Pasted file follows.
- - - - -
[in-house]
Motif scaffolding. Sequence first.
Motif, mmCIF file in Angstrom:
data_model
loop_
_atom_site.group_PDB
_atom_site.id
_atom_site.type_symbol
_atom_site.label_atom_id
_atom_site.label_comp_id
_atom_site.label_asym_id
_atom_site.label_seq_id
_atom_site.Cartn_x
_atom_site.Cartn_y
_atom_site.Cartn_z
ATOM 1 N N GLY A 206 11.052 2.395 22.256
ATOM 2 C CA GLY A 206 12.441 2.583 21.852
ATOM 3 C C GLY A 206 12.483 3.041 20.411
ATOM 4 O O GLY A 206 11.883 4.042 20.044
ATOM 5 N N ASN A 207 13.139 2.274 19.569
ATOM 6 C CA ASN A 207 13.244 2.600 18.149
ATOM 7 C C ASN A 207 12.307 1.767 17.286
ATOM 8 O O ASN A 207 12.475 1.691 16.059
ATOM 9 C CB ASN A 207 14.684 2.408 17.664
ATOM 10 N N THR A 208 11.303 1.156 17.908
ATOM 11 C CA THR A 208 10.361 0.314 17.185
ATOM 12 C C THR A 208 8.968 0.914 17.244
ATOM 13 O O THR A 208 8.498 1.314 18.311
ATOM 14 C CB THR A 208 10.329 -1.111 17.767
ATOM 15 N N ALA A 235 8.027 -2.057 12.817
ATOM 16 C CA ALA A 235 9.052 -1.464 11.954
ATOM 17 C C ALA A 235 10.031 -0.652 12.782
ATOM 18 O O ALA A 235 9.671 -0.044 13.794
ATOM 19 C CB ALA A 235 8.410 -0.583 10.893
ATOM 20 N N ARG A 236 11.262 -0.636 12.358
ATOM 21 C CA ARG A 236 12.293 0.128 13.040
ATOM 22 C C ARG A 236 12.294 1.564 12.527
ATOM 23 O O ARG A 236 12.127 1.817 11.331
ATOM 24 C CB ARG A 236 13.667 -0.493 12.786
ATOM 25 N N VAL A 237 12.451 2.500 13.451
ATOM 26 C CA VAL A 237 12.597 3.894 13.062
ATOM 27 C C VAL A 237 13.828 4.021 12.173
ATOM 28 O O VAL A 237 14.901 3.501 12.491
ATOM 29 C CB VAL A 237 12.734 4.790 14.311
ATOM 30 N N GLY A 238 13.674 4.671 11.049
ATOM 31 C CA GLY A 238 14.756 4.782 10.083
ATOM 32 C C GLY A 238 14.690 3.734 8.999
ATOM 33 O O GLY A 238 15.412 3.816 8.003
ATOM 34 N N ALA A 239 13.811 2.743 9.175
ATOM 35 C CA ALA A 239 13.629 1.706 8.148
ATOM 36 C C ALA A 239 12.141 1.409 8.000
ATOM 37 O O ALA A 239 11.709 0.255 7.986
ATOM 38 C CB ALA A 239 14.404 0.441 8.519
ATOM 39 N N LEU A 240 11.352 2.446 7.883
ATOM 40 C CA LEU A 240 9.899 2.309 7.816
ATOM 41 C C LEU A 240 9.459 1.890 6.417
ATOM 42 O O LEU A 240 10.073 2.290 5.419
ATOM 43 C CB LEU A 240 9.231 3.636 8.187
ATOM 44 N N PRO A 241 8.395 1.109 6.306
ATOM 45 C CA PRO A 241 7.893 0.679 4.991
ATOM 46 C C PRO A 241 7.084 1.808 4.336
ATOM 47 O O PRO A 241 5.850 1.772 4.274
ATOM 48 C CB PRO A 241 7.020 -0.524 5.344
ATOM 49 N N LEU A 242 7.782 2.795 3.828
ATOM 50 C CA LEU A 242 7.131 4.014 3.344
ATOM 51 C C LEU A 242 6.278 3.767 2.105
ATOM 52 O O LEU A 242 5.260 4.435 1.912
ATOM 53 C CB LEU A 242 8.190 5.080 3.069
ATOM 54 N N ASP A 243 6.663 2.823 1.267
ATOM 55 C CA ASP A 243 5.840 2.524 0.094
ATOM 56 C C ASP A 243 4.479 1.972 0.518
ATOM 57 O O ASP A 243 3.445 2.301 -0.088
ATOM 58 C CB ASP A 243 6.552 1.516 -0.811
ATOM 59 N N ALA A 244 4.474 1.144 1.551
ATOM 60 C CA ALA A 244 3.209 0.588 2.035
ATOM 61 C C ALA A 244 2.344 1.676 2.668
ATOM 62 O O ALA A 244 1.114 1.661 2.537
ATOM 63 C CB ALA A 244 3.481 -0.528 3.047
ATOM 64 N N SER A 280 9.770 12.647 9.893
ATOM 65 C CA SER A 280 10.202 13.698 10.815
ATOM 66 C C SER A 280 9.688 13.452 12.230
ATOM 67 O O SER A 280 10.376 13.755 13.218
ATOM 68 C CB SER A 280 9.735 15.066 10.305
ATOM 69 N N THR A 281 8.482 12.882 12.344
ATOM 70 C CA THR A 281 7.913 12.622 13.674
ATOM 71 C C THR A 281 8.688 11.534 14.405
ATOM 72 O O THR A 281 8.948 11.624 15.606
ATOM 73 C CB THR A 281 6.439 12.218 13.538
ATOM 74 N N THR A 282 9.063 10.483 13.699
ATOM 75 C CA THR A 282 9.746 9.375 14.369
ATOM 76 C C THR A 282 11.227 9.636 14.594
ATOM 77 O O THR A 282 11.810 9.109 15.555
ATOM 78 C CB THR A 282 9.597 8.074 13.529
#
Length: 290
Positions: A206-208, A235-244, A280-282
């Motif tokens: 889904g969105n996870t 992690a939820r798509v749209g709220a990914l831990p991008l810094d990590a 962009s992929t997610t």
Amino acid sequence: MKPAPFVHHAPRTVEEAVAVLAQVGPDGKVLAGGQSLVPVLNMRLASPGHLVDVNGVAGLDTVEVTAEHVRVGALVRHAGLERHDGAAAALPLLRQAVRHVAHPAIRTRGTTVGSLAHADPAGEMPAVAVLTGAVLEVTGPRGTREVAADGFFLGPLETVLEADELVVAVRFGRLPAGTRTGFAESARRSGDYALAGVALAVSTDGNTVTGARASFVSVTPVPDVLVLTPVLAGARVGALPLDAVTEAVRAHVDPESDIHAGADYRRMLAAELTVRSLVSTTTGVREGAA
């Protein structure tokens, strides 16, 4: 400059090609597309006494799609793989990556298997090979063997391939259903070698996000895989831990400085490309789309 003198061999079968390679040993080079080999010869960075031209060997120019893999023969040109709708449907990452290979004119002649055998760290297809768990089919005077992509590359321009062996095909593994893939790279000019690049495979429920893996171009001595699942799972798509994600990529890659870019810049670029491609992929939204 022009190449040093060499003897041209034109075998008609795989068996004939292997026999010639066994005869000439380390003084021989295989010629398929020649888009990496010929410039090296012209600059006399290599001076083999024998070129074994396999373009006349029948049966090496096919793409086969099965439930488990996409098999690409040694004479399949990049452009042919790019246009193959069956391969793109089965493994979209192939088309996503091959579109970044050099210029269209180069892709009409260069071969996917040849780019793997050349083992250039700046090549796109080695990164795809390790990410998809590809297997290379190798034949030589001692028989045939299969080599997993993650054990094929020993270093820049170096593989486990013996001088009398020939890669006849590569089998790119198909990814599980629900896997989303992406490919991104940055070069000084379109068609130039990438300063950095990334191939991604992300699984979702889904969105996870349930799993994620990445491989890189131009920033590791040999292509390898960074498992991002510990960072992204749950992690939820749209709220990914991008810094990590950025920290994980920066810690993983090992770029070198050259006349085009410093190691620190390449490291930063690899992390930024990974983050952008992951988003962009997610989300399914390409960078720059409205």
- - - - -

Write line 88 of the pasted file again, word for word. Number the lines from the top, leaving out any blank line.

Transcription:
ATOM 73 C CB THR A 281 6.439 12.218 13.538